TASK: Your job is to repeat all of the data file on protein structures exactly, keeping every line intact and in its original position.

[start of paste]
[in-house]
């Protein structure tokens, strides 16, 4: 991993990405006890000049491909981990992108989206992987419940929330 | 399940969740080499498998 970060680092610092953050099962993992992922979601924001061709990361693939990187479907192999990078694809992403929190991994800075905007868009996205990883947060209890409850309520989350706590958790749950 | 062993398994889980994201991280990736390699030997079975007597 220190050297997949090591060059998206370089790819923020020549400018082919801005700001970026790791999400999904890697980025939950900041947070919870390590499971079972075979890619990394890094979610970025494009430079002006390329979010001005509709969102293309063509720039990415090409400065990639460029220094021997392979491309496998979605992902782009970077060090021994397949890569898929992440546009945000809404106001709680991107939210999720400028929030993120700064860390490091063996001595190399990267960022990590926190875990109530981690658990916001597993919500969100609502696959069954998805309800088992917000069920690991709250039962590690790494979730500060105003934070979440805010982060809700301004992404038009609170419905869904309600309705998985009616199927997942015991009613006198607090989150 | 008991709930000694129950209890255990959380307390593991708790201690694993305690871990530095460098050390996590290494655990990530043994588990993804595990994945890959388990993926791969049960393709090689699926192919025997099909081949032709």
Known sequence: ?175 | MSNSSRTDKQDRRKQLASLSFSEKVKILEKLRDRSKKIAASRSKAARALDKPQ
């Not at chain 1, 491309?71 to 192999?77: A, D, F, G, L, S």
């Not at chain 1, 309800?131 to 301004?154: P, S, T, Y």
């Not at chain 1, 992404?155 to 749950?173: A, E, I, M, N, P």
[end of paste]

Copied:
[in-house]
């Protein structure tokens, strides 16, 4: 991993990405006890000049491909981990992108989206992987419940929330 | 399940969740080499498998 970060680092610092953050099962993992992922979601924001061709990361693939990187479907192999990078694809992403929190991994800075905007868009996205990883947060209890409850309520989350706590958790749950 | 062993398994889980994201991280990736390699030997079975007597 220190050297997949090591060059998206370089790819923020020549400018082919801005700001970026790791999400999904890697980025939950900041947070919870390590499971079972075979890619990394890094979610970025494009430079002006390329979010001005509709969102293309063509720039990415090409400065990639460029220094021997392979491309496998979605992902782009970077060090021994397949890569898929992440546009945000809404106001709680991107939210999720400028929030993120700064860390490091063996001595190399990267960022990590926190875990109530981690658990916001597993919500969100609502696959069954998805309800088992917000069920690991709250039962590690790494979730500060105003934070979440805010982060809700301004992404038009609170419905869904309600309705998985009616199927997942015991009613006198607090989150 | 008991709930000694129950209890255990959380307390593991708790201690694993305690871990530095460098050390996590290494655990990530043994588990993804595990994945890959388990993926791969049960393709090689699926192919025997099909081949032709």
Known sequence: ?175 | MSNSSRTDKQDRRKQLASLSFSEKVKILEKLRDRSKKIAASRSKAARALDKPQ
């Not at chain 1, 491309?71 to 192999?77: A, D, F, G, L, S």
């Not at chain 1, 309800?131 to 301004?154: P, S, T, Y």
């Not at chain 1, 992404?155 to 749950?173: A, E, I, M, N, P």